It’s been nearly a year since I became Chair of SJDC. It’s also very nearly been a year since we published our wellbeing document and which was shortly followed by the (already delayed by nearly 2 years) Scottish Government expert working group (EWG) report on the 48 hour maximum working week. I’m disappointed to say that with only a few weeks to go until the anniversary of this publication and the cabinet secretary for health and social care’s public full commitment to implementing the recommendations, we have made little progress. Combined with this year’s real terms pay cut, and a surprise monitoring suspension as our Christmas present last year, it’s genuinely hard to believe our government take our wellbeing seriously.
I don’t say any of this lightly. But it just is simply not good enough. Be under no illusion here as to where the fault lies. We have been pushing and pushing, and at times fighting government on this. We have been reasonable, and tried to have all the conversations we can, but it is incredibly frustrating to still have no way forward clearly marked out. Yes, we have made progress on limiting the number of long shifts in any 7 days – a key priority for SJDC and recommendation from the Scottish Government’s EWG report – and it has of course been reassuring to hear of positive rota changes across Scotland. But just the other week I was disappointed to learn of a colleague still working 5 consecutive long shifts despite having personally been told that there was 100% compliance within that same health board. We will of course be escalating this and other concerns locally, regionally, and nationally – to medical staffing, deanery, and government representatives. My optimism may be fading but be assured that my persistence isn’t.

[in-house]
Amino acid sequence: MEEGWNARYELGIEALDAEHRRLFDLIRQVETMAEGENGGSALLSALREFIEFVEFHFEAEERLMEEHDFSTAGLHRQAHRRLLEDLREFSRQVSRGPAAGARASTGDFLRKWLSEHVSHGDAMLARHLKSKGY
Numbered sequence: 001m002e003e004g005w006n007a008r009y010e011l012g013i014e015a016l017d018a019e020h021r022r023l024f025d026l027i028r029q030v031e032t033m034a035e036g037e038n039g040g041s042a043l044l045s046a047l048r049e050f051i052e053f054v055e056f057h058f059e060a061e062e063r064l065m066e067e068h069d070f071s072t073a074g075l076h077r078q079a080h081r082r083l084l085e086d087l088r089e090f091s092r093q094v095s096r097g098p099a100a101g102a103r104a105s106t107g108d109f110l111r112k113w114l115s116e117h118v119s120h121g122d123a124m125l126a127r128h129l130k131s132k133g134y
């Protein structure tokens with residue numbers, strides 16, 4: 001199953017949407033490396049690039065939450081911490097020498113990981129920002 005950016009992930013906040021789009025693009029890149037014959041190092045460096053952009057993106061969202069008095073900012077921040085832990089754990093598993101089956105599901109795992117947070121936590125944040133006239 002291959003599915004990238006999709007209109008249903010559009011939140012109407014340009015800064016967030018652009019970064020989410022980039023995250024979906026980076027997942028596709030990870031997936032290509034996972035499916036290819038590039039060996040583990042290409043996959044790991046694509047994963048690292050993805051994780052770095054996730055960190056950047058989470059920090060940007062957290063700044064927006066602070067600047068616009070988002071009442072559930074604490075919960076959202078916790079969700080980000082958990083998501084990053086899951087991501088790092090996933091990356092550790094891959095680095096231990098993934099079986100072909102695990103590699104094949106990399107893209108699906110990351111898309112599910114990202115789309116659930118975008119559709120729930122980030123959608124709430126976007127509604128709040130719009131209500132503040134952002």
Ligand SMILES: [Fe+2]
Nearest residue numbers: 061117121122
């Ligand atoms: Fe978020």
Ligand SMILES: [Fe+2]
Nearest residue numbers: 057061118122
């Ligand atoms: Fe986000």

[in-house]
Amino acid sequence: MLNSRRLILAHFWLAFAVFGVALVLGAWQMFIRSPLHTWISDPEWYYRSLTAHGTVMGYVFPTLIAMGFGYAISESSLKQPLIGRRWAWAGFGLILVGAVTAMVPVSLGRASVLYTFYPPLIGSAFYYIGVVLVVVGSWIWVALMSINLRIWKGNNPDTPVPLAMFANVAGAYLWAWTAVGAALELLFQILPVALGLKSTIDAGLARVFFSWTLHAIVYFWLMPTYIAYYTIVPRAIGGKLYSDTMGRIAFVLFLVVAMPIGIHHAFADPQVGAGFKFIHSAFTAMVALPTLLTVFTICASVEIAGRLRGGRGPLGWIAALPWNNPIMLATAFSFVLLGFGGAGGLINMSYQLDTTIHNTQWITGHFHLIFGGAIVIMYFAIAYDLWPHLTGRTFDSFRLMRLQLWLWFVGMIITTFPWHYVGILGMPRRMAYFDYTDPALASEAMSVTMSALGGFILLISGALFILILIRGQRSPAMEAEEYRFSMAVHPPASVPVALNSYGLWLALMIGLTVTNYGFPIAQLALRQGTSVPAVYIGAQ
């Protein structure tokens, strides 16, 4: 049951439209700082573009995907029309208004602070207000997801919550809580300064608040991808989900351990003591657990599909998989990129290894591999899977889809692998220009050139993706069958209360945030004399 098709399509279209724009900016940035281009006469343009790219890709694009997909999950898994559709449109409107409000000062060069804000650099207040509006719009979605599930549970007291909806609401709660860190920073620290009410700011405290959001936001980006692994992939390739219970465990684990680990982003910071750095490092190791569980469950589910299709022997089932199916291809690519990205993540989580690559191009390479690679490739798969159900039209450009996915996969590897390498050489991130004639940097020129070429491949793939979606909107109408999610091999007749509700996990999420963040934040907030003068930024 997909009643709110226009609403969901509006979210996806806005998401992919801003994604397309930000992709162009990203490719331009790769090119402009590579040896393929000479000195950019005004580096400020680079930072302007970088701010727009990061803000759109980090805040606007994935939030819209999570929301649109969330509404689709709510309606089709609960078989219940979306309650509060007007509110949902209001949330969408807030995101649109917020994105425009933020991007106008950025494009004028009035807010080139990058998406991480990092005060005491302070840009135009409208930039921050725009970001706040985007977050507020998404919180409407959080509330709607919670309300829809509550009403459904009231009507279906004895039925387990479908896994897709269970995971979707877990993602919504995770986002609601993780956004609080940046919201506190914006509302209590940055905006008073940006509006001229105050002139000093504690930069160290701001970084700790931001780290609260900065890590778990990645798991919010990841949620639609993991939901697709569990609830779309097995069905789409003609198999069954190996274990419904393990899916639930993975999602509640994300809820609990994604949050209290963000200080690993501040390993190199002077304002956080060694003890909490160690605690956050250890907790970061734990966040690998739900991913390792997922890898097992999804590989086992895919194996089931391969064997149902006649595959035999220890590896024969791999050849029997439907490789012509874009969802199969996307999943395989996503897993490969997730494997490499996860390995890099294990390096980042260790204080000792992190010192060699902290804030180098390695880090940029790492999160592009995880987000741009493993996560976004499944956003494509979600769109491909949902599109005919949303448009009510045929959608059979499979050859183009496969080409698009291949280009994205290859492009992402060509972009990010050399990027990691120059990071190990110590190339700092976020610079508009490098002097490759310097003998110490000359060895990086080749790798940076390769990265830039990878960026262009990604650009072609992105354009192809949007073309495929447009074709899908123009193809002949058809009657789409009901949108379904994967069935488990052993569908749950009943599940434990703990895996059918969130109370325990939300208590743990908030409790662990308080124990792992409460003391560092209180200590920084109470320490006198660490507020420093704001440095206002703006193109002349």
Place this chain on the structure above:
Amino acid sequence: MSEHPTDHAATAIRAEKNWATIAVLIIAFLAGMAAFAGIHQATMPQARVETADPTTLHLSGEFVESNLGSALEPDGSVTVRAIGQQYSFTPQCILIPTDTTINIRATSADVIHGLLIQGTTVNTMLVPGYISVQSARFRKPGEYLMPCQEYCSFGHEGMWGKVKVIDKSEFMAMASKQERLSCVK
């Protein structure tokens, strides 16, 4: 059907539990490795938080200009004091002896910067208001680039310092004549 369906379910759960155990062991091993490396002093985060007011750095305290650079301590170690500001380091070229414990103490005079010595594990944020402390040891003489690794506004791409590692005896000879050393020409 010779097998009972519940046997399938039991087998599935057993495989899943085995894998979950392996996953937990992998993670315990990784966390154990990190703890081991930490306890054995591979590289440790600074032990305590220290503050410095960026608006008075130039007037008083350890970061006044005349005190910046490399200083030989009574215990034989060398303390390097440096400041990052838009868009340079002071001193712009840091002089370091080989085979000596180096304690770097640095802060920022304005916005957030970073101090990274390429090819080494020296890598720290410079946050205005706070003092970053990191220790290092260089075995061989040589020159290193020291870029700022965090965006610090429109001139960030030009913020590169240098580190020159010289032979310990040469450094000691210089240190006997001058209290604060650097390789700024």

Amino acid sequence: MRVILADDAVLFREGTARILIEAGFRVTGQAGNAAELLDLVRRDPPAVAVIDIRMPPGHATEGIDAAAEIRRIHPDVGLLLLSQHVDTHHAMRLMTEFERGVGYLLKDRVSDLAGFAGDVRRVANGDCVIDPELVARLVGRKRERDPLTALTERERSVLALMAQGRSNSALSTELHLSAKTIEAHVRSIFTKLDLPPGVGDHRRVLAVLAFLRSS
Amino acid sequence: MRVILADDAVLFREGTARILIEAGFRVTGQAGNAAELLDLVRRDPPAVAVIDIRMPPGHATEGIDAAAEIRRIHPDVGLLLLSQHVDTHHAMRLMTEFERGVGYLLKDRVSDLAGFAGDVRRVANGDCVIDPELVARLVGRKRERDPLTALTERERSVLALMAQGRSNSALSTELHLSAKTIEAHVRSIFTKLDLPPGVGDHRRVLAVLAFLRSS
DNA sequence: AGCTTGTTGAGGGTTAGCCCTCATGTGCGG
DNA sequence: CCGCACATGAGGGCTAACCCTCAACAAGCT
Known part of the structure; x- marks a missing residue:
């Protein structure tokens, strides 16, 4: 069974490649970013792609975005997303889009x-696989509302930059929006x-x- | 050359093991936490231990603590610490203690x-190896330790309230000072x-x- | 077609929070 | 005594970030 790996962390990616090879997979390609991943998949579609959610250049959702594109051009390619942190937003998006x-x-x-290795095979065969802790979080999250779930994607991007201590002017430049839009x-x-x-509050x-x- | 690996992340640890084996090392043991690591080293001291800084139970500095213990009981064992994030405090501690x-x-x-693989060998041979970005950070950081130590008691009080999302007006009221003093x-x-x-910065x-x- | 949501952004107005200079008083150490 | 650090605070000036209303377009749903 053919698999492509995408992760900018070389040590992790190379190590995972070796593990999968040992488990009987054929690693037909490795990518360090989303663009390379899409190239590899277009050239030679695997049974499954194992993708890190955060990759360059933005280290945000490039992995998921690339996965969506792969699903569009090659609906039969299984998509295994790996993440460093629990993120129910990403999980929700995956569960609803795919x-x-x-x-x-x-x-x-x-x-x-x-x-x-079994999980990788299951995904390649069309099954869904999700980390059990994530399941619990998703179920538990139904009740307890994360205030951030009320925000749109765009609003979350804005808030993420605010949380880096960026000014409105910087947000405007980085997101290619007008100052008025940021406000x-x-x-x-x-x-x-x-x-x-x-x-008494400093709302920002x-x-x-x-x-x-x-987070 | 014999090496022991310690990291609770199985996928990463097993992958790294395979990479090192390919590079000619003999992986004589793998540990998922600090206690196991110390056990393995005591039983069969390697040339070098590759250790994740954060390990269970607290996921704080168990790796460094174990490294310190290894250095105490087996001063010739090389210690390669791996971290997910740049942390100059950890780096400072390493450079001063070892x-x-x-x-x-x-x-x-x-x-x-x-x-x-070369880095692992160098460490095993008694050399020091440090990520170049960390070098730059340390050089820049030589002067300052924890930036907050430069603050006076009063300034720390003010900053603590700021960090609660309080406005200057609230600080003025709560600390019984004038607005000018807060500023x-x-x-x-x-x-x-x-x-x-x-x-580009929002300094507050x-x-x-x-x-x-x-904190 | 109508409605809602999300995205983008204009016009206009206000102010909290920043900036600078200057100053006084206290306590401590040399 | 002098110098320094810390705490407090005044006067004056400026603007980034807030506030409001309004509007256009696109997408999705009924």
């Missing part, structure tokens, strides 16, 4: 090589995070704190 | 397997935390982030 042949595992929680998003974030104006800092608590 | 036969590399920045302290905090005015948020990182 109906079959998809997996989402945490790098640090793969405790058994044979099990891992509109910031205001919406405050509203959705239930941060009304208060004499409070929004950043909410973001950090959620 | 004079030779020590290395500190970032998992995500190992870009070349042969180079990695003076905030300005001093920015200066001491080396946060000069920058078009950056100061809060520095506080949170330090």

I’ve had more people talk to me about industrial action, which isn’t surprising with strikes happening across Scotland in other sectors and many of our wider NHS colleagues preparing to ballot in the coming weeks and months. In our recent pay survey, it was clear that the junior doctors who responded are angrier and more prepared for potential sustained strike action than the other branches of practice in Scotland. Understandable given the situations we’re working in – understaffed, undervalued, overworked and at points dangerous for ourselves and our patients. No one wants to strike, and it isn’t a decision we should take lightly, but as a trade union we know it is a tool open to us, as a last resort, and sadly it is looking increasingly likely that we could need to use it.
At the same time, I’ve had increasing conversations with colleagues about the fears they have about unsafe working environments. During the summer?! Concerned about the potential consequences for them, for patients, for the very existence of our once great NHS in Scotland. Moral injury, burnout, and simply sheer physical and mental exhaustion. There is no resilience left in the system. Many of us are struggling and it is unsurprising when waits for both elective treatments and emergency care are breaking records – for all the wrong reasons. We know this winter is going to be the worst ever, worst even than last year.